Letter to the Editor: American Association of University Professors – WC

By the AAUP-WC Executive Committee

Thank you for reporting on the ongoing efforts of the Washington College faculty to hold a vote on unionization. Collective bargaining is a topic that is sometimes misunderstood, and we believe it deserves both clarification and discussion on our campus.

As the elected representatives of the Washington College chapter of the American Association of University Professors (AAUP-WC), we wanted to offer a few additional points about the unionization campaign. Above all else, the faculty are dedicated to the mission of the college, to provide an excellent undergraduate education for our students. Unlike many top administrators who spend only a few years at the College, faculty spend decades at Washington College, and we want to see the institution thrive for employees and students alike.

We believe that a union would strengthen shared governance at Washington College. Shared governance is a set of systems and processes that are designed to include the voices of relevant constituents in college decision-making. While we applaud the recent attention to shared governance by the Board of Visitors and Governors, those efforts alone do not provide faculty any assurances that shared governance structures will be upheld. A union would provide guarantees that shared governance procedures would be followed, particularly in the domains that affect our terms of employment and working conditions. As the article noted, failures in shared governance have been a source of concern for faculty. Such failures culminated in 2020 when the Board and administration unilaterally implemented a range of austerity measures that impacted faculty and staff compensation. We experienced cuts to faculty and staff that were both unfair to our employees and negatively affected our students. The Board and administration also initiated a plan to fire tenured and tenure-track faculty in violation of the conditions set forth in the Faculty Handbook. Not only did that initiative violate our agreed-upon terms of employment, it also threatened to undermine the system of tenure, which is central to academic freedom and a vibrant college. While the unionization effort was catalyzed during a time of difficulty, we see the union not as redress for grievances but as a tool to build a stronger institution.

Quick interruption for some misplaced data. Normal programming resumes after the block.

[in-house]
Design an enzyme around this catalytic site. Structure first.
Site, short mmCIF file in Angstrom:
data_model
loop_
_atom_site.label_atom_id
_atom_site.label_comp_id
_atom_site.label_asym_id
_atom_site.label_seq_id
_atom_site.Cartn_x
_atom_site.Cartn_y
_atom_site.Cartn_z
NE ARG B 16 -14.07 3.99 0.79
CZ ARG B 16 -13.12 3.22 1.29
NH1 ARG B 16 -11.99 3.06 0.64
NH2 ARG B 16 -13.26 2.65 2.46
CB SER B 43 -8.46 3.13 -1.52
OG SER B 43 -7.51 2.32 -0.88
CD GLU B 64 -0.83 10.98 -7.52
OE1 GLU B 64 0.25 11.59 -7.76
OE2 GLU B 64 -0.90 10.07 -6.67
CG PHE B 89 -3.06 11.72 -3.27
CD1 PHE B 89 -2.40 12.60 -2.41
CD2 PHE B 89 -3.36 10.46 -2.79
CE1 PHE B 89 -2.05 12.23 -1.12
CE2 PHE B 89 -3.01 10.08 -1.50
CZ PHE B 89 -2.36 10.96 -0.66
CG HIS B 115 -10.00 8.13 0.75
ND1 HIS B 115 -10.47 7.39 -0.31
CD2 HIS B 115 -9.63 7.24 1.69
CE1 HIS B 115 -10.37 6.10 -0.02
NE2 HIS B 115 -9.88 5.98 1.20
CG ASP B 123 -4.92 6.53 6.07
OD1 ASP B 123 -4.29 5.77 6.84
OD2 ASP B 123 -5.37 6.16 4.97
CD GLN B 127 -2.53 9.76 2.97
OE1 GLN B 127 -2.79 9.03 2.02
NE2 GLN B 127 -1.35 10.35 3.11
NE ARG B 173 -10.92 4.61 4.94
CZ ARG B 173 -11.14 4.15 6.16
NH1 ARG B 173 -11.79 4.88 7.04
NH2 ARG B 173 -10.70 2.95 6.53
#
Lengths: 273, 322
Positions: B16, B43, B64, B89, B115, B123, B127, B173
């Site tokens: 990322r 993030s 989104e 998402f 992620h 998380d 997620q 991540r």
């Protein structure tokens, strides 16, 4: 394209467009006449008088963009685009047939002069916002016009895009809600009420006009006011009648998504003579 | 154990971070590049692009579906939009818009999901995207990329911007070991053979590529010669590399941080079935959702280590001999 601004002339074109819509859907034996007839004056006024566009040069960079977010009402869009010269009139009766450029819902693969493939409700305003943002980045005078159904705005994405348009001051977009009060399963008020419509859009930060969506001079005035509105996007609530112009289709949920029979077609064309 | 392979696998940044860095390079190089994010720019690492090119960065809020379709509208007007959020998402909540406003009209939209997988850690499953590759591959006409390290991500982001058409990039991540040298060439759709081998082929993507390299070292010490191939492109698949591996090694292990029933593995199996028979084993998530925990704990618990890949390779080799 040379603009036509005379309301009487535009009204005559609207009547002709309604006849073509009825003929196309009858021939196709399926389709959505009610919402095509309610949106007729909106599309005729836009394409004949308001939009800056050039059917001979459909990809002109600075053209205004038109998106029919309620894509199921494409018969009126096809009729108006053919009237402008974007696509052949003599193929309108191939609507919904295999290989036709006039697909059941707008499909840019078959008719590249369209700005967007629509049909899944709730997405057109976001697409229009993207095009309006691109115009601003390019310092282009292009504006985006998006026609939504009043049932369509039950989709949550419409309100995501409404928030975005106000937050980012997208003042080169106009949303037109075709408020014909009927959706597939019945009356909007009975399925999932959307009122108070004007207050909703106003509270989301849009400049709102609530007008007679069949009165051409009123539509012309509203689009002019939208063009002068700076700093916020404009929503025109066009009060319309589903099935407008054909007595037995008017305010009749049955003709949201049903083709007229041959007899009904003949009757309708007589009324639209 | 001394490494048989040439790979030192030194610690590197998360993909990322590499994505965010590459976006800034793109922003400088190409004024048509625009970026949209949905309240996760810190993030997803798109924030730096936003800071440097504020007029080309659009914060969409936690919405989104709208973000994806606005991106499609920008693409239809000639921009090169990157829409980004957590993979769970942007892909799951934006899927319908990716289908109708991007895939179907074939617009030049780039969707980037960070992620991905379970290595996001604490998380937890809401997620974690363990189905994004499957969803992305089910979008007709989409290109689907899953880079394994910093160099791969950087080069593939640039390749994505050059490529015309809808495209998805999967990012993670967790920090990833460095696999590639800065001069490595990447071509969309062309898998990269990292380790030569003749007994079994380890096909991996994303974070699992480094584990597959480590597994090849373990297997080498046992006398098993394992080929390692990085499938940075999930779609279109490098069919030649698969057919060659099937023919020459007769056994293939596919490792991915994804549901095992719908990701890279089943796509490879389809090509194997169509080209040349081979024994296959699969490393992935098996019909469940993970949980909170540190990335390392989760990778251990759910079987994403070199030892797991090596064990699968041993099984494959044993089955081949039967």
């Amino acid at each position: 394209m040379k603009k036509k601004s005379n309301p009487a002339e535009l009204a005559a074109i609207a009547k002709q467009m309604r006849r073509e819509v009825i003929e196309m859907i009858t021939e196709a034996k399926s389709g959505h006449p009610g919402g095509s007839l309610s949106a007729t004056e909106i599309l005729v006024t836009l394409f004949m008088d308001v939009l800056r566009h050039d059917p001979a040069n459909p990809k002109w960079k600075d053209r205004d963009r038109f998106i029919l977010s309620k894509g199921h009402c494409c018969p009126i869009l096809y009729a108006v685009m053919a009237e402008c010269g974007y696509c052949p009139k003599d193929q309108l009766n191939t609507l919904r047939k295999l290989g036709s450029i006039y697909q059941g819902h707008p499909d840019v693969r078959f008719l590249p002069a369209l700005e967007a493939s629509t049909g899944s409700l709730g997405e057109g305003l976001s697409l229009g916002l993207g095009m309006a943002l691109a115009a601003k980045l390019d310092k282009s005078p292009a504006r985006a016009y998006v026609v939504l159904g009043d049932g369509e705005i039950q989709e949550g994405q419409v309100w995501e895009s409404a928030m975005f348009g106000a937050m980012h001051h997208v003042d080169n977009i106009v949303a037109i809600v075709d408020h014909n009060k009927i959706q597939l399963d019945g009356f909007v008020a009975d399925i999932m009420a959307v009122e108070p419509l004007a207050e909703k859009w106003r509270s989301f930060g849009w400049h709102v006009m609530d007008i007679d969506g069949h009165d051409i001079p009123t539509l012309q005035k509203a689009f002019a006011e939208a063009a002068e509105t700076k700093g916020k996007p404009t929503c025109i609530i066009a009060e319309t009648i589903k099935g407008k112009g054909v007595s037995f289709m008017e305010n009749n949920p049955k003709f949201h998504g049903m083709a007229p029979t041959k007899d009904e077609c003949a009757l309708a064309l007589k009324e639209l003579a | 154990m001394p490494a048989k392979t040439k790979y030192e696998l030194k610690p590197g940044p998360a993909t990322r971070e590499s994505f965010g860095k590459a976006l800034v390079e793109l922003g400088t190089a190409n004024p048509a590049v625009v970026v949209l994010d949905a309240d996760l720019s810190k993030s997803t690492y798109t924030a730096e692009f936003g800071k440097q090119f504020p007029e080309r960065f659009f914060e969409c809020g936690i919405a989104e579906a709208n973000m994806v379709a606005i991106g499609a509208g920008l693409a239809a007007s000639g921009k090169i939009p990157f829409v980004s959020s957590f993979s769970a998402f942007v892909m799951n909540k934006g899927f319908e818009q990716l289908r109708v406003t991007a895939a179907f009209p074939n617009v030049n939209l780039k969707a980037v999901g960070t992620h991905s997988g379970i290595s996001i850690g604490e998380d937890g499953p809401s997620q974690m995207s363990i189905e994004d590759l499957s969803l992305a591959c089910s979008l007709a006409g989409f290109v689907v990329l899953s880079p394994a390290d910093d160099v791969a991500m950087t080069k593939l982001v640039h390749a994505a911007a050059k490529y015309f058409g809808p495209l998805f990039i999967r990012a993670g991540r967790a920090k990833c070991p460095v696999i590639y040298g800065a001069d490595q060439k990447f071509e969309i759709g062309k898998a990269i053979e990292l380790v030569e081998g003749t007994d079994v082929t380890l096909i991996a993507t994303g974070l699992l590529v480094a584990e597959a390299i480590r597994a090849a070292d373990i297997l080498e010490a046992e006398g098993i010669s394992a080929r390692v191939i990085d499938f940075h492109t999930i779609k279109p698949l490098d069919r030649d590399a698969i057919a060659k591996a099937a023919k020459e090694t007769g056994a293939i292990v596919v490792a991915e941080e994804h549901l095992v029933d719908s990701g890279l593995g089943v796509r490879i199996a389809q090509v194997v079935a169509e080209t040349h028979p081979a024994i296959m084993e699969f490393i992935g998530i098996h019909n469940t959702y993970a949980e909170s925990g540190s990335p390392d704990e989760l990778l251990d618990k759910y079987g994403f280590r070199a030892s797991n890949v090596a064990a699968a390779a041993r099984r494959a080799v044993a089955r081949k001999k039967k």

In many ways, a union would not change shared governance at Washington College. Most of the committees that develop and implement policies and support the educational mission of the college would be unaffected. It would, however, improve financial transparency and stability and provide employees more security. It would grant faculty a seat at the table during discussions and decision-making about salaries, benefits, and compensation for additional work. We believe a union would improve compensation equity across race and gender, help us recruit and retain the best faculty, and bolster faculty morale. In these ways, a union would not only benefit the faculty who are fighting to create it but would present real advantages for students and the college as a whole, as well.

Sincerely, the AAUP-WC Executive Committee: Erin Anderson, President; Martín Ponti, Vice President; Clayton Black, Secretary and Treasurer; Emily Steinmetz, At-Large, tenured; Meghan Grosse, At-Large, untenured; Flavio Hickel, At-Large, untenured; Ken Schweitzer, Former President

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